Wednesday, 4 April 2012

The American Archetype

       Don Draper is a successful ad man, his wife Betty is a beautiful home-maker and Sally and Bobby are their two adorable children. Don works in New York and his family live in the suburbs. They live the American dream, a charmed life, and nothing stains their family portrait. They are the American archetype...or alternatively as one series of Mad Men will inform you, both they and their lives are far from the perfect image they seem. Across the veneer of American perfection lie the cracks of guilt, dishonesty and betrayal. Behind the façade of utopia lies the reality of dystopia.


        Throughout history the American archetype has been admired, portrayed and torn to shreds by culture. From films, such as The Stepford Wives, to music videos, such as Britney's If You Seek Amy - we look to the American archetype as a symbol of perfection, a beacon of hope...a suggestion as to what the human race could be but sadly is not. And although the housewife image of yesteryear has perhaps developed into one of a working woman/homosexual man today, the nuclear family and its 'roles' still exist within our preconceived perceptions of perfection today. We still idolise the American archetype.
       Yet, what Mad Men, along with Desperate Housewives and the likes of American Beauty demonstrate, is that, behind the image of paradise, the American archetype does not exist - it is an illusion. Although people do live in nuclear families their situations are never quite perfect. We all have bad days and we all have problems. And yet, nonetheless, we are attracted to the perfect American portrait. Despite it's intangibility, we as children and adults alike, imagine being parts of perfect nuclear families. We seek the unattainable. One need only look at SS's 2012 collections to see that this image has affected fashion too.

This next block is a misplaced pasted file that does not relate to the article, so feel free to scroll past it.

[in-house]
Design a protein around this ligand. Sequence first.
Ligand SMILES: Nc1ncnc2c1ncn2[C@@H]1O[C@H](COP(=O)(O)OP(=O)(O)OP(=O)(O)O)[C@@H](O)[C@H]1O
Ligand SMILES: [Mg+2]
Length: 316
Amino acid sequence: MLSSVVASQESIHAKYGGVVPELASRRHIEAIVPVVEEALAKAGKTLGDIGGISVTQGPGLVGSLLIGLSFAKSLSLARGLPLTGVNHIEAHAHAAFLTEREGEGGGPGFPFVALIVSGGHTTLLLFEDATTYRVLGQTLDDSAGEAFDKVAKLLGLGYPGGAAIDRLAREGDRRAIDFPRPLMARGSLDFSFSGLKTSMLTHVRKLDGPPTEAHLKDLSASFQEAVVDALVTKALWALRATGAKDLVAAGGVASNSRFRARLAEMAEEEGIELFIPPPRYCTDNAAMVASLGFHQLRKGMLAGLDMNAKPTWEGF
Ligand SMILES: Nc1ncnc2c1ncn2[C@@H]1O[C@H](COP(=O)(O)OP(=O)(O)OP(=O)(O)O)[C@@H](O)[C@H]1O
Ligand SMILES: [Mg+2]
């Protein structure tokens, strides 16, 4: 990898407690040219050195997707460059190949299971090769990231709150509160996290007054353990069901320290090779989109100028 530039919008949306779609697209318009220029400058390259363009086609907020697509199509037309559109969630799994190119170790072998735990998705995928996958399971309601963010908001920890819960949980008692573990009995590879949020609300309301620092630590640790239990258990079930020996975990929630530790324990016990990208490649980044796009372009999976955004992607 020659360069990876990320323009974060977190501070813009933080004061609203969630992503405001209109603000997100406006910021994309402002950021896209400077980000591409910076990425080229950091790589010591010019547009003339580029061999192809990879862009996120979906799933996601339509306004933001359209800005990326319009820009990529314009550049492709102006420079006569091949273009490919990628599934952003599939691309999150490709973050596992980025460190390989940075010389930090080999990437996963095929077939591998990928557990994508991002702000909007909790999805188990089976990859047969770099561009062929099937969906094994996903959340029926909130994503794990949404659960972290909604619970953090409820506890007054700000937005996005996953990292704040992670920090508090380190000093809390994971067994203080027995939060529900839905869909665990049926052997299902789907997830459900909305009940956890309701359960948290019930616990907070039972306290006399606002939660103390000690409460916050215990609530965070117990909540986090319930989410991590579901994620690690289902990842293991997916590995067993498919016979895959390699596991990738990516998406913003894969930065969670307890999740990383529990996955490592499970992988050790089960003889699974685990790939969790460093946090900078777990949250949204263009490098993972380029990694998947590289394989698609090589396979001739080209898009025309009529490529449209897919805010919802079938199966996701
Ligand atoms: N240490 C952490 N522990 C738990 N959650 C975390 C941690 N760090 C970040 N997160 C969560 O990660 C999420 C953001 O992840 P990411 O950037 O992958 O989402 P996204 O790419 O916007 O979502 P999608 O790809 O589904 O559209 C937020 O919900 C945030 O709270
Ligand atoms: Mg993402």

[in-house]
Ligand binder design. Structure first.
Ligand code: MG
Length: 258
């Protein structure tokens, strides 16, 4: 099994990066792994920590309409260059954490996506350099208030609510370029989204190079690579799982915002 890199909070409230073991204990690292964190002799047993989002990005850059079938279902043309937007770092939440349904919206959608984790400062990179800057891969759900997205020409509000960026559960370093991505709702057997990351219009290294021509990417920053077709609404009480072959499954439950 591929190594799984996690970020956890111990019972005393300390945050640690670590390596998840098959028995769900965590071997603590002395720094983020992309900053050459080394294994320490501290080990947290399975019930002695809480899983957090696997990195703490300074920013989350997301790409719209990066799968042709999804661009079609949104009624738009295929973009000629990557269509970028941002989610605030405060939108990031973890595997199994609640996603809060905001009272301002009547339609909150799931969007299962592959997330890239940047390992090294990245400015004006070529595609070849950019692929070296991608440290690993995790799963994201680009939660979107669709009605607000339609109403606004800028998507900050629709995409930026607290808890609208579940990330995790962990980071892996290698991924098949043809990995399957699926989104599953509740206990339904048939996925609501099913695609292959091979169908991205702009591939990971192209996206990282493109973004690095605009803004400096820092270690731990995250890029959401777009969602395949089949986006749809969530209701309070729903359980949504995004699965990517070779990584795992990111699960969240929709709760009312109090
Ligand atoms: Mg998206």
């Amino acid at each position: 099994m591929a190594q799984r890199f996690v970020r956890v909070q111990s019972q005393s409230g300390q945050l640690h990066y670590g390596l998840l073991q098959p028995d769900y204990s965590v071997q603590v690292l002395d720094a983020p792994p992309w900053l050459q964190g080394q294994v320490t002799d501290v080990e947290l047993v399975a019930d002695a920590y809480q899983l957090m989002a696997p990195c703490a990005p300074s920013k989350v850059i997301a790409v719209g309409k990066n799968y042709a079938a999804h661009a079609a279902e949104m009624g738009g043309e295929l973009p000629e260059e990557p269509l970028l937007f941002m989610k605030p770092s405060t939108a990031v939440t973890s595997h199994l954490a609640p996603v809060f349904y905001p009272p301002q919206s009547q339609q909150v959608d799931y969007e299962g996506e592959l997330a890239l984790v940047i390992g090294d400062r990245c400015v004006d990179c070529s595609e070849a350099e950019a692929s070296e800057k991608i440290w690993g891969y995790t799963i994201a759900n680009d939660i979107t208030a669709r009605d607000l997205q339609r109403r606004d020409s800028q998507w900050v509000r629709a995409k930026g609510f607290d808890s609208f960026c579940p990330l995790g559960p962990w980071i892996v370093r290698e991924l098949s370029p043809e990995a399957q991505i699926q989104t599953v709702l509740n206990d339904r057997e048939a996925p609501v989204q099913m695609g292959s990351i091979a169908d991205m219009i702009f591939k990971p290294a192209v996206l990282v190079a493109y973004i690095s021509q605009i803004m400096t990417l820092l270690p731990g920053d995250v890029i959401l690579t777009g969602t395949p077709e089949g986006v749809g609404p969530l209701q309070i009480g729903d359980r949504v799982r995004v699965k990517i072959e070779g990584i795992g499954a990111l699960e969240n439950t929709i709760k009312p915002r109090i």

From Mad Men 60s cuts and styles in recent men's fashion to the Americana trend in women's fashion  this season, designers have obsessed over the American image of perfection. They have used it as a muse for hundreds of their designs. Nina Ricci has modernised its with her exposed midriffs and leather bikers, Proenza Schouler have devoured it with their Diner inspired so-bad-it's-good-taste delights and Prada has epitomised it with her car motifs and cat's-eye sunglasses. Not to mention her roadster heels which, much like her chunky brogues from last year, will no doubt be coveted by all this SS.
          In fact, in all four fashion capitals, designers have utilised the American archetype to transform the perfect image into the the perfect collection. They have created clothes which effortlessly combine the nostalgia of the American archetype's origins with the modernity of  today's fashion and proved that it still holds relevance in society today. They have created enticed their customers with the image of perfection....and perfection is something that we all long for in our lives in some form or another so, that,which we associate it with, entrances us. 


       Marina & The Diamond's sophomore album will be released on April the 30th this year and its focus, much like fashion's now, is American archetypes, be they housewives and beauty queens or homewreckers and idle teens. Her album is set to deconstruct the preconceived American image of perfection and ironically create pop perfection in the process...and, as we can tell from the album's lead single, Primadonna, above, Marina is succeeding in her aims. The single deserves to be blasted from radios worldwide.
         Marina demonstrates the reality that the American archetype is far from that which it seems to be in a time in which the American archetype is culture's muse, and, just like fashion, she illustrates the fact that, whilst we can't necessarily obtain perfection in our lives, we can obtain it in our image. We can uphold the image of perfection...and with all the imperfections that effect us today, why not look perfect. If we can't be the American archetype, there's nothing wrong with looking like it.

5 comments:

  1. Replies
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